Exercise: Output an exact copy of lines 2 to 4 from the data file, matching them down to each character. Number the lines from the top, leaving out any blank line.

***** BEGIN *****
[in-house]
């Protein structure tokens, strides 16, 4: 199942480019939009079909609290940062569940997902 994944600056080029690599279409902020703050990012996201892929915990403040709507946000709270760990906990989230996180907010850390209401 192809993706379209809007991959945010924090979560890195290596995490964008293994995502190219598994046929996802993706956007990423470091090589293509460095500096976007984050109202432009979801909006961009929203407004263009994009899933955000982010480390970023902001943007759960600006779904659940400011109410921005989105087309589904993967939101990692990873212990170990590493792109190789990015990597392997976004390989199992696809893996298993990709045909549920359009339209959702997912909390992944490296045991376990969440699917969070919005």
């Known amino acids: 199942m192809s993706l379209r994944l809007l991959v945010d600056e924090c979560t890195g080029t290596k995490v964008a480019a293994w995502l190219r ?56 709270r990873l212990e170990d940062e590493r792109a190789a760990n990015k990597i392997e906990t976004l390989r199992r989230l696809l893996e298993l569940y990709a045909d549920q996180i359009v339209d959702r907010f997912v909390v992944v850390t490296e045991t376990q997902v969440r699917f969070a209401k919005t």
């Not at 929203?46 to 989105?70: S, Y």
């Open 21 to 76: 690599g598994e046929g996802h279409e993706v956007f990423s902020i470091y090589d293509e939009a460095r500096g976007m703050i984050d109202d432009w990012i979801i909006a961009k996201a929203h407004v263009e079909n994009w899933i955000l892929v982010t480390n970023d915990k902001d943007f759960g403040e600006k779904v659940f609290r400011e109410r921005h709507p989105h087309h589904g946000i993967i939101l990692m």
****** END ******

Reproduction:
């Protein structure tokens, strides 16, 4: 199942480019939009079909609290940062569940997902 994944600056080029690599279409902020703050990012996201892929915990403040709507946000709270760990906990989230996180907010850390209401 192809993706379209809007991959945010924090979560890195290596995490964008293994995502190219598994046929996802993706956007990423470091090589293509460095500096976007984050109202432009979801909006961009929203407004263009994009899933955000982010480390970023902001943007759960600006779904659940400011109410921005989105087309589904993967939101990692990873212990170990590493792109190789990015990597392997976004390989199992696809893996298993990709045909549920359009339209959702997912909390992944490296045991376990969440699917969070919005």
């Known amino acids: 199942m192809s993706l379209r994944l809007l991959v945010d600056e924090c979560t890195g080029t290596k995490v964008a480019a293994w995502l190219r ?56 709270r990873l212990e170990d940062e590493r792109a190789a760990n990015k990597i392997e906990t976004l390989r199992r989230l696809l893996e298993l569940y990709a045909d549920q996180i359009v339209d959702r907010f997912v909390v992944v850390t490296e045991t376990q997902v969440r699917f969070a209401k919005t």
């Not at 929203?46 to 989105?70: S, Y």